A Quick Update

In 2010, we moved back to the small town in Colorado that I never stopped missing while we lived in Mexico. Now I sometimes miss Mexico, but I wouldn't travel as freely as we did when we were there, camping out in remote areas and so forth.

Mexico today is in a period of change, and in many ways it is more dangerous now. That said, I have plenty of American friends who still live there very happily, just taking a few more precautions than they did in the past.

Just to say!

Rosana

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April 17, 2006 — Last night we walked over to the home of some other foreigners who live about a ten-minute walk from our place, just for a quick visit. We were inviting them and another couple who live in a small town east of Chapala to join us for something next weekend. It turned out that the other couple has been unreachable by phone or internet for almost a week because some disgruntled ex-phone company employees had cut some lines and Telmex hasn’t fixed it yet.

While we were there, the sky got darker and Kelly and I thought we’d better get on back because it looked like rain. But our friends said they’d run us home if it did rain, so we stayed.

Good thing we did, because almost immediately the winds picked up and a major downpour began. Not just rain… hail too! Thunder and lightning were in the mountains just above. It was spectacular. With the strong wind, dozens of lemons fell from our friends’ tree just outside the window. Things quieted down after a while, but it rained for about an hour. The electricity flickered off and on but didn’t stay out long.

When they drove us home, it was a different story. Our street once again was without power, for about the fifth time since we moved here. As we walked up through our front yard with a flashlight, there weren’t a lot of large branches down but there were leaves everywhere. Kelly noticed about half an inch of hail still on the lawn; we later heard that it hasn’t hailed here in over 40 years.

Our dog Larry was exceedingly glad to see us, as he splashed through the water on the kitchen floor.

What was water doing on the kitchen floor?

We quickly lit our three votive candles, recently purchased after another night when the lights were out, and discovered that the kitchen floor resembled a lake in parts. It had come in the back door. From some plastic bins left outside, we guess it had rained between two and four inches, and a lot of that seemed to have come horizontally.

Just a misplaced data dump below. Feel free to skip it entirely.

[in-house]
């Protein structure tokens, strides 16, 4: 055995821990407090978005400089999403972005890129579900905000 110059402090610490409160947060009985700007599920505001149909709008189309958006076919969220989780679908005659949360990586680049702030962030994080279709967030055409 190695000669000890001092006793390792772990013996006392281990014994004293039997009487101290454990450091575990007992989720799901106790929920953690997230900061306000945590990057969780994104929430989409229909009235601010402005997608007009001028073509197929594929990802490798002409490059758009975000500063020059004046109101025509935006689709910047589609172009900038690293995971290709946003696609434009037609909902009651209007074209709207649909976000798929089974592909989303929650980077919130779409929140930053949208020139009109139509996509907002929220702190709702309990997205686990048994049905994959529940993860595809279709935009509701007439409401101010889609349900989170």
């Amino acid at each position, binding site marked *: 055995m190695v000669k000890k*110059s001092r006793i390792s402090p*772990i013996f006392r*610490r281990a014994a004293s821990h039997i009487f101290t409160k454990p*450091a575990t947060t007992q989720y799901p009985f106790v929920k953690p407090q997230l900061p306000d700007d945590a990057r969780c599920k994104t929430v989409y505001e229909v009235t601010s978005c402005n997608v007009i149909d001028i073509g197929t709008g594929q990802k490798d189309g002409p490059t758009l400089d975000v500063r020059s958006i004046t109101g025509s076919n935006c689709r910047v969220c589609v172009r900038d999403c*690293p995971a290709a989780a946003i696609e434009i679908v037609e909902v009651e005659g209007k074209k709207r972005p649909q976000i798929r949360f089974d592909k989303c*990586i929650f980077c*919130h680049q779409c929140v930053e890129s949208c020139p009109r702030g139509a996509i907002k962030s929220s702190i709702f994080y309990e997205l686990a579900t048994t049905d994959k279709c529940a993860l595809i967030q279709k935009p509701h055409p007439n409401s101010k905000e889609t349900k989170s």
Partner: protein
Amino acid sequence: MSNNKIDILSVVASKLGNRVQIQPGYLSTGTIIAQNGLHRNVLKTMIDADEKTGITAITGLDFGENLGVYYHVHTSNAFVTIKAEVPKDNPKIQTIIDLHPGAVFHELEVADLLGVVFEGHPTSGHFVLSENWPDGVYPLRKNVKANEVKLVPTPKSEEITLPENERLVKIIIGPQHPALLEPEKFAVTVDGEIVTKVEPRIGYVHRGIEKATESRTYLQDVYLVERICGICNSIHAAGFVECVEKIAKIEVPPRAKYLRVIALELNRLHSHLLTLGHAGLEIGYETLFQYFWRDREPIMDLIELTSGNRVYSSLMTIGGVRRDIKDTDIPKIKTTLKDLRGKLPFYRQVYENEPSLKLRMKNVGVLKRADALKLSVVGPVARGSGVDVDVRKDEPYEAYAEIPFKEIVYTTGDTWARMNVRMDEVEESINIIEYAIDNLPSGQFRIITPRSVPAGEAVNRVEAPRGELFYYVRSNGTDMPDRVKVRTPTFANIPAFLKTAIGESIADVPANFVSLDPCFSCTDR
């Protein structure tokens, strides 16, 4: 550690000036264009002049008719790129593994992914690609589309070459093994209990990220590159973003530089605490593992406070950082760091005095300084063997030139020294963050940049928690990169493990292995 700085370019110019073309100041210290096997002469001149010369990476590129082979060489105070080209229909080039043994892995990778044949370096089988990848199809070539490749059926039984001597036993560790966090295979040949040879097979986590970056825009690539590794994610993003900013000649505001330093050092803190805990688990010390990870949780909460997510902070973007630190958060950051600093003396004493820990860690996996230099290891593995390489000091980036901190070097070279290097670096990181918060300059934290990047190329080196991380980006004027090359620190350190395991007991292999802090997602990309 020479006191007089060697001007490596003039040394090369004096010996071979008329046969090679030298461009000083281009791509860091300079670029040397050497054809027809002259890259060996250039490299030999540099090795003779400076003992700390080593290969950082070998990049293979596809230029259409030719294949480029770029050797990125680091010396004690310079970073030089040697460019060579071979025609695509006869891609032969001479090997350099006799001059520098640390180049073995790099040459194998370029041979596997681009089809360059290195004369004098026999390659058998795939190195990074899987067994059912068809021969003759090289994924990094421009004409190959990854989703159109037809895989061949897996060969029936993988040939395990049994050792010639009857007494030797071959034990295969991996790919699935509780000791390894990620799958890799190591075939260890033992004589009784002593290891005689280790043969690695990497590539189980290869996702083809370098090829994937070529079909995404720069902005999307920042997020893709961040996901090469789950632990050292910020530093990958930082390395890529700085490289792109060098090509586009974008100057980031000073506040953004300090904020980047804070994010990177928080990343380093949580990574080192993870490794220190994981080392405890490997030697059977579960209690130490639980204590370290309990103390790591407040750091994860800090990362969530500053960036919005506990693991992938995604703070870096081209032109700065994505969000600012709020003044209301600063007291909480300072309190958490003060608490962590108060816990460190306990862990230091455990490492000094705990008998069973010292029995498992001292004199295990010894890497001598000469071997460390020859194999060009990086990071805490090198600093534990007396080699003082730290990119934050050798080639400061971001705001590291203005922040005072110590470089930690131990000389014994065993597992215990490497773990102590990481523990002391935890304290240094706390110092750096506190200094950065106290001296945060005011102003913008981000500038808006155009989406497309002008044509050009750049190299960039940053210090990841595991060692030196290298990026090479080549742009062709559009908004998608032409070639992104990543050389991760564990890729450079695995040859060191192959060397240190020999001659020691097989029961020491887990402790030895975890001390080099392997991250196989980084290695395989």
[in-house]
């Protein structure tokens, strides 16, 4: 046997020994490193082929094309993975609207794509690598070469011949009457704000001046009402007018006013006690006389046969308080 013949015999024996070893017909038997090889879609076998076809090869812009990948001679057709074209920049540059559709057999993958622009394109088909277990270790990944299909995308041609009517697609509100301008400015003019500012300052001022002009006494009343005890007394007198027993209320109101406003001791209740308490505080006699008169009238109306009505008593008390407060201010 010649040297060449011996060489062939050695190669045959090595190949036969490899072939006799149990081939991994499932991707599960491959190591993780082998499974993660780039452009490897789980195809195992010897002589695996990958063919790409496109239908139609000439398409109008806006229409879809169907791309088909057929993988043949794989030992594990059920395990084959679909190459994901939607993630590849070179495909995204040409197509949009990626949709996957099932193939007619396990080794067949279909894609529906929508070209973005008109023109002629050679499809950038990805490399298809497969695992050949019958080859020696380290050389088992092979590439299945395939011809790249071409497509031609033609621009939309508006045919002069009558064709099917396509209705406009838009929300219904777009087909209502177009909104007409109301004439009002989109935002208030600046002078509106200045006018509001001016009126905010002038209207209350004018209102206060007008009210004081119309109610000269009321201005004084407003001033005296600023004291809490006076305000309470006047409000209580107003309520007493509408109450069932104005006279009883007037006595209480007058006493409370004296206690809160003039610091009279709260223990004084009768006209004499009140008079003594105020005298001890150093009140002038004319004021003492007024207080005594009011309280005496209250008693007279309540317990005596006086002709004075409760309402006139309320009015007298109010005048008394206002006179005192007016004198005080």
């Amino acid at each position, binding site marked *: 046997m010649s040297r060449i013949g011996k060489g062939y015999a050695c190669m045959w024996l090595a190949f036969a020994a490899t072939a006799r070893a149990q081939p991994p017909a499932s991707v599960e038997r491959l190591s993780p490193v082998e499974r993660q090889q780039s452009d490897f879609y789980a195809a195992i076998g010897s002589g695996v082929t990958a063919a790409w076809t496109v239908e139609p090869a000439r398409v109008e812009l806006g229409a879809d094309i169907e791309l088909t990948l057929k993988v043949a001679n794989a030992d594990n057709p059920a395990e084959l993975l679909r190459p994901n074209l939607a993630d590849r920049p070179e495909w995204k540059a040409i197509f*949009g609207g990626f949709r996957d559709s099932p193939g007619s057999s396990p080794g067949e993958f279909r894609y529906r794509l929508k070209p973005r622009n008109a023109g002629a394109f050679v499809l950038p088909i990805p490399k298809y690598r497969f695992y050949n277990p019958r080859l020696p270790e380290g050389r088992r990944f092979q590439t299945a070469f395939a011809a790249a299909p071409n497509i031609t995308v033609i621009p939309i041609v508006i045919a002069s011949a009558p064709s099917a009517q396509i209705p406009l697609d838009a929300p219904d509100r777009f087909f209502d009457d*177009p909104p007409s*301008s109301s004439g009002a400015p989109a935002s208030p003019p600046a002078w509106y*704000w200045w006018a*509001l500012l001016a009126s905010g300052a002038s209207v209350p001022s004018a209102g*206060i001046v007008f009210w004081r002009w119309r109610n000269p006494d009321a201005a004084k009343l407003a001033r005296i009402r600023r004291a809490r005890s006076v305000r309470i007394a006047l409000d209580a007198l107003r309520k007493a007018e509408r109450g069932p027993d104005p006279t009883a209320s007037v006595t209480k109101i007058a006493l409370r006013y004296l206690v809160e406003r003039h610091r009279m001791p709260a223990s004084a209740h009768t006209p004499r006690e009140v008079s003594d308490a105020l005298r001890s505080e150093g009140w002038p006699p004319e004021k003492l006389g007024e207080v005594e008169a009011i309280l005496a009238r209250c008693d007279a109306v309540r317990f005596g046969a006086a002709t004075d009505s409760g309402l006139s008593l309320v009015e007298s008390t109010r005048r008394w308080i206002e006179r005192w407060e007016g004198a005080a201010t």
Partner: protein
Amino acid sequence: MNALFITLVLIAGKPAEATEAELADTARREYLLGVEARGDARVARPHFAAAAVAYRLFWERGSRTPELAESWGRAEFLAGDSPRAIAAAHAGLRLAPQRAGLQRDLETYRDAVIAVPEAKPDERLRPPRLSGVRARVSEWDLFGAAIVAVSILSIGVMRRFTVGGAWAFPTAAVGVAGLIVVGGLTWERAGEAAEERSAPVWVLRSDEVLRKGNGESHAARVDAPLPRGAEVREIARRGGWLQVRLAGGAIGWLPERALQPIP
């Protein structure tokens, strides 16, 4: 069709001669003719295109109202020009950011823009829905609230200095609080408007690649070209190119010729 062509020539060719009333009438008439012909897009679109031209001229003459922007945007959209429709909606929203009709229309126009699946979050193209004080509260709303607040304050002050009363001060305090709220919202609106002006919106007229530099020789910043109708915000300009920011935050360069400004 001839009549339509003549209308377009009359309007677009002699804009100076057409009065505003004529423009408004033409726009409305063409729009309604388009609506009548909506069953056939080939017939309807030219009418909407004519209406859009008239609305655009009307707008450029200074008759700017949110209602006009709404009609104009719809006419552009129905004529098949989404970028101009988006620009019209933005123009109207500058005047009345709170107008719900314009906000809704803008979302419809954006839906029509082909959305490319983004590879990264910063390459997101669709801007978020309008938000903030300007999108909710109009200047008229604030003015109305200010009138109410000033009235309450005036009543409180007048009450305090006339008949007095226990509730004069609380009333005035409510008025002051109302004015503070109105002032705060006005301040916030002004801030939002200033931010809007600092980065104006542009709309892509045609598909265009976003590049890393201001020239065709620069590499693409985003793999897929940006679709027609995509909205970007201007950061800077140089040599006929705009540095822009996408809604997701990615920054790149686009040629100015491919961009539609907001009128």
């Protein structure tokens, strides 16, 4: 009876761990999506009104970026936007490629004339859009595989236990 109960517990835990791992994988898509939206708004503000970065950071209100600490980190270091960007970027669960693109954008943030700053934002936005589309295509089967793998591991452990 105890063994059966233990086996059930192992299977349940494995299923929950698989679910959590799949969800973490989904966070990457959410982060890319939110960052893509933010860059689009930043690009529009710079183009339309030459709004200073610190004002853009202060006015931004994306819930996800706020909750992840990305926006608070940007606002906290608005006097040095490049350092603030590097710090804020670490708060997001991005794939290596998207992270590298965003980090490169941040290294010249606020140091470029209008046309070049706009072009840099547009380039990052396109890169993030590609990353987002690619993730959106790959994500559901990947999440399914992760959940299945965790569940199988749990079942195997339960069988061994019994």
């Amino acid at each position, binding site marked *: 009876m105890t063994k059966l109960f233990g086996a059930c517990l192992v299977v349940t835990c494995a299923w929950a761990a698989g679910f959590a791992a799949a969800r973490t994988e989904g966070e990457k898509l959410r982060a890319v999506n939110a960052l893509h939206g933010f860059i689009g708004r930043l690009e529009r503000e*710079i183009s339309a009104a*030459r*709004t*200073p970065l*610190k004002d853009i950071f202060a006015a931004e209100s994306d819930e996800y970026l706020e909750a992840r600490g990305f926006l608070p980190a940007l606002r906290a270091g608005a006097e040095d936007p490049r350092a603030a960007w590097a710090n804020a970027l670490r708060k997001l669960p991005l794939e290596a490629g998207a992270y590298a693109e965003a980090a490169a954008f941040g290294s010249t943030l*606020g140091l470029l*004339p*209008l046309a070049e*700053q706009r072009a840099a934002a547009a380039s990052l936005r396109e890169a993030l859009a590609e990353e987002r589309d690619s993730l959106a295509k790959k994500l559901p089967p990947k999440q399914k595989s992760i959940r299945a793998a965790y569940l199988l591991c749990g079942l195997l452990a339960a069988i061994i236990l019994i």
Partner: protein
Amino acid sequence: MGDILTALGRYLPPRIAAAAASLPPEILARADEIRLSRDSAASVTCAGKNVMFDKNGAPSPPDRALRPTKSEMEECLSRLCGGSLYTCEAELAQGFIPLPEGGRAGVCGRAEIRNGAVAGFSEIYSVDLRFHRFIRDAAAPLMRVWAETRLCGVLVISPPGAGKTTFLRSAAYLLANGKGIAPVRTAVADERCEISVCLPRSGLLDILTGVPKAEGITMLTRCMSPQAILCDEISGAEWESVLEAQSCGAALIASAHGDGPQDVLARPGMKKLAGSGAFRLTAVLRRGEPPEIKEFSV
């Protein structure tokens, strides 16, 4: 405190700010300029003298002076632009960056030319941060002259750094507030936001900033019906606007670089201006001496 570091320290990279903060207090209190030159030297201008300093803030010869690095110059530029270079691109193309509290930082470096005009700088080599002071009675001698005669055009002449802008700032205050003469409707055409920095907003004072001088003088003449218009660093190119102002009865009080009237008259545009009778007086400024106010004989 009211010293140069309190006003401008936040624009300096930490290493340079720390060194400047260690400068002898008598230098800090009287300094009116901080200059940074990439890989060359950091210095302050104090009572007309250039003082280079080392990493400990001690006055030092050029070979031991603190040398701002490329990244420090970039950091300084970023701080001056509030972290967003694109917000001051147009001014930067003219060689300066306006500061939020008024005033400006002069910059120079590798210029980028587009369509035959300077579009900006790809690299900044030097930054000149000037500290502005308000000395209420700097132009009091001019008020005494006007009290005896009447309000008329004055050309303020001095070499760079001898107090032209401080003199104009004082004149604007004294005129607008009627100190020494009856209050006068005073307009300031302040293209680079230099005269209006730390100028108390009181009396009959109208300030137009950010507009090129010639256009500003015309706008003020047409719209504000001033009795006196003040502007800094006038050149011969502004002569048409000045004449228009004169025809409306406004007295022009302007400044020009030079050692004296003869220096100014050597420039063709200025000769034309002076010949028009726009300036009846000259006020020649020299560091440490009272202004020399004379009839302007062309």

I’ve never mopped by candlelight before, but I did that while Kelly cleaned out the water that had flooded his toolbox in our little side porch.

We’ve got the phone number of the CFE (Comision Federal de Electricidad) permanently on our bulletin board, but nobody answered. Well, it was Easter.

In the morning, there was no power. We surveyed the damage and spent the morning cleaning up. Luckliy, our large water storage tank at the top of the land had over 600 gallons in it. No more would be added till the power was back on, but 600 gallons is a lot.

Here, Larry regards the yard from the porch:

Our pool was the worst of it, filled with debris. We cleaned out a lot but couldn’t run the filter because it requires electricity.

I called the CFE and they said there were many areas without power. It would be a while. So we moved the food from our refrigerator to the one in our RV, after setting it up on propane.

As the day wore on, I noticed how my mind kept assuming we had power, with little thoughts like:

  • Guess I’ll do a load of laundry with all these rags and towels.
  • Kelly’s not on the porch so he’s probably at his computer.
  • I’ll put this avacado from a neighbor’s tree in the fridge, as it seems perfect.
  • I’d better email my sister that my email is down.

I’ve been without power many times in my life, but somehow I found this time more disquieting. Maybe it’s because this disruption echoed the hurricanes of last year. We had watched on TV how people in several countries coped with flooding and power outages. The Mexican infrastructure is challenged at the best of times. How long would our power be out? How long would we be offline?

Kelly took a bus to Ajijic for some errands, and when he returned, he was annoyed that the power line on the other side of the highway had been fixed but ours hadn’t. We thought maybe the CFE might think there were no problems remaining in our area, so I called again. I got a recording which I couldn’t understand. An hour later, I got a real person and she was very good about asking exactly where the problem was. Encouraging.

After dark, Kelly took our cellphone down to the motorhome to charge it. Just as he was doing that, the lights came back on. It was a bit over 24 hours. I’m grateful but a bit more wary about assuming that everything will work.

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